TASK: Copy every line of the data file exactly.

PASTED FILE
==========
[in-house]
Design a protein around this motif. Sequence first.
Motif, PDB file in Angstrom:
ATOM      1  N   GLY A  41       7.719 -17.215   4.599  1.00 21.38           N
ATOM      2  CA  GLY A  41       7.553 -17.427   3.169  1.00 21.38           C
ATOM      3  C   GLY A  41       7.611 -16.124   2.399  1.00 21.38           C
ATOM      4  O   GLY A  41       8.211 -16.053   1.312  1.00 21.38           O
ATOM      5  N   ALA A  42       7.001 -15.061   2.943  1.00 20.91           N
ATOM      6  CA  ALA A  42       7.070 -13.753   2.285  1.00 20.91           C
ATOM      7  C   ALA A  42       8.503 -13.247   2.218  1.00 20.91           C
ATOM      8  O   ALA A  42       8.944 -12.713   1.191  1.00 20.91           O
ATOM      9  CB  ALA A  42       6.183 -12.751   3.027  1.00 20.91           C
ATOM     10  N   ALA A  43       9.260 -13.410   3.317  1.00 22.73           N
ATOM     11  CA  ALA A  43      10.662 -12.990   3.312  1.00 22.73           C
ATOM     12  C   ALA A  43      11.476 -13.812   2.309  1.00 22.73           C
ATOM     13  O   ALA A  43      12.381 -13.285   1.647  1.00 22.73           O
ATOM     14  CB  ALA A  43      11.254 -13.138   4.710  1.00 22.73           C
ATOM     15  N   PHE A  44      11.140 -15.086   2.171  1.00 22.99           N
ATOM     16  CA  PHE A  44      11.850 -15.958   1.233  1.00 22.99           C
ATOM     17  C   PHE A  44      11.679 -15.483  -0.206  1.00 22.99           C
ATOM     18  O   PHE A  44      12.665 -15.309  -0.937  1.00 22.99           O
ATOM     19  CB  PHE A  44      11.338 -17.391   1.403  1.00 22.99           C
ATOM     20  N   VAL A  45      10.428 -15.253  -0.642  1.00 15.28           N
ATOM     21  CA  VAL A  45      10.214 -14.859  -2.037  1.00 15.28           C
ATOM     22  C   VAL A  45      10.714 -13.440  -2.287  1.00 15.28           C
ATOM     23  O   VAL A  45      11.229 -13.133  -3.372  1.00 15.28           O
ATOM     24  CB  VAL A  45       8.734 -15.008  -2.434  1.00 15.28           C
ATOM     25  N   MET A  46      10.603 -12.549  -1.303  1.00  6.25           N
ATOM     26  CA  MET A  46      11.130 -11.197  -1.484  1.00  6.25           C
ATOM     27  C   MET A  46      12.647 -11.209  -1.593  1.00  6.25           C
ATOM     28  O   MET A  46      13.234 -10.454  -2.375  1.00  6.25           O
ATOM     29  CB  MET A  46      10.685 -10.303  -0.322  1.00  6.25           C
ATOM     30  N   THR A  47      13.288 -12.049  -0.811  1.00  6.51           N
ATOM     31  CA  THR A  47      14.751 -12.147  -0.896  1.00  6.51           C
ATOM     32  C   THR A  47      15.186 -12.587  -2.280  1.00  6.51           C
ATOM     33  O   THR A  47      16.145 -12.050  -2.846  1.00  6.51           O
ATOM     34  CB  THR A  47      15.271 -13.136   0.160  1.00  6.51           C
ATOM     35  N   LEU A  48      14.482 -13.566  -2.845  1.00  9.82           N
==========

[in-house]
Design a protein around this motif. Sequence first.
Motif, PDB file in Angstrom:
ATOM      1  N   GLY A  41       7.719 -17.215   4.599  1.00 21.38           N
ATOM      2  CA  GLY A  41       7.553 -17.427   3.169  1.00 21.38           C
ATOM      3  C   GLY A  41       7.611 -16.124   2.399  1.00 21.38           C
ATOM      4  O   GLY A  41       8.211 -16.053   1.312  1.00 21.38           O
ATOM      5  N   ALA A  42       7.001 -15.061   2.943  1.00 20.91           N
ATOM      6  CA  ALA A  42       7.070 -13.753   2.285  1.00 20.91           C
ATOM      7  C   ALA A  42       8.503 -13.247   2.218  1.00 20.91           C
ATOM      8  O   ALA A  42       8.944 -12.713   1.191  1.00 20.91           O
ATOM      9  CB  ALA A  42       6.183 -12.751   3.027  1.00 20.91           C
ATOM     10  N   ALA A  43       9.260 -13.410   3.317  1.00 22.73           N
ATOM     11  CA  ALA A  43      10.662 -12.990   3.312  1.00 22.73           C
ATOM     12  C   ALA A  43      11.476 -13.812   2.309  1.00 22.73           C
ATOM     13  O   ALA A  43      12.381 -13.285   1.647  1.00 22.73           O
ATOM     14  CB  ALA A  43      11.254 -13.138   4.710  1.00 22.73           C
ATOM     15  N   PHE A  44      11.140 -15.086   2.171  1.00 22.99           N
ATOM     16  CA  PHE A  44      11.850 -15.958   1.233  1.00 22.99           C
ATOM     17  C   PHE A  44      11.679 -15.483  -0.206  1.00 22.99           C
ATOM     18  O   PHE A  44      12.665 -15.309  -0.937  1.00 22.99           O
ATOM     19  CB  PHE A  44      11.338 -17.391   1.403  1.00 22.99           C
ATOM     20  N   VAL A  45      10.428 -15.253  -0.642  1.00 15.28           N
ATOM     21  CA  VAL A  45      10.214 -14.859  -2.037  1.00 15.28           C
ATOM     22  C   VAL A  45      10.714 -13.440  -2.287  1.00 15.28           C
ATOM     23  O   VAL A  45      11.229 -13.133  -3.372  1.00 15.28           O
ATOM     24  CB  VAL A  45       8.734 -15.008  -2.434  1.00 15.28           C
ATOM     25  N   MET A  46      10.603 -12.549  -1.303  1.00  6.25           N
ATOM     26  CA  MET A  46      11.130 -11.197  -1.484  1.00  6.25           C
ATOM     27  C   MET A  46      12.647 -11.209  -1.593  1.00  6.25           C
ATOM     28  O   MET A  46      13.234 -10.454  -2.375  1.00  6.25           O
ATOM     29  CB  MET A  46      10.685 -10.303  -0.322  1.00  6.25           C
ATOM     30  N   THR A  47      13.288 -12.049  -0.811  1.00  6.51           N
ATOM     31  CA  THR A  47      14.751 -12.147  -0.896  1.00  6.51           C
ATOM     32  C   THR A  47      15.186 -12.587  -2.280  1.00  6.51           C
ATOM     33  O   THR A  47      16.145 -12.050  -2.846  1.00  6.51           O
ATOM     34  CB  THR A  47      15.271 -13.136   0.160  1.00  6.51           C
ATOM     35  N   LEU A  48      14.482 -13.566  -2.845  1.00  9.82           N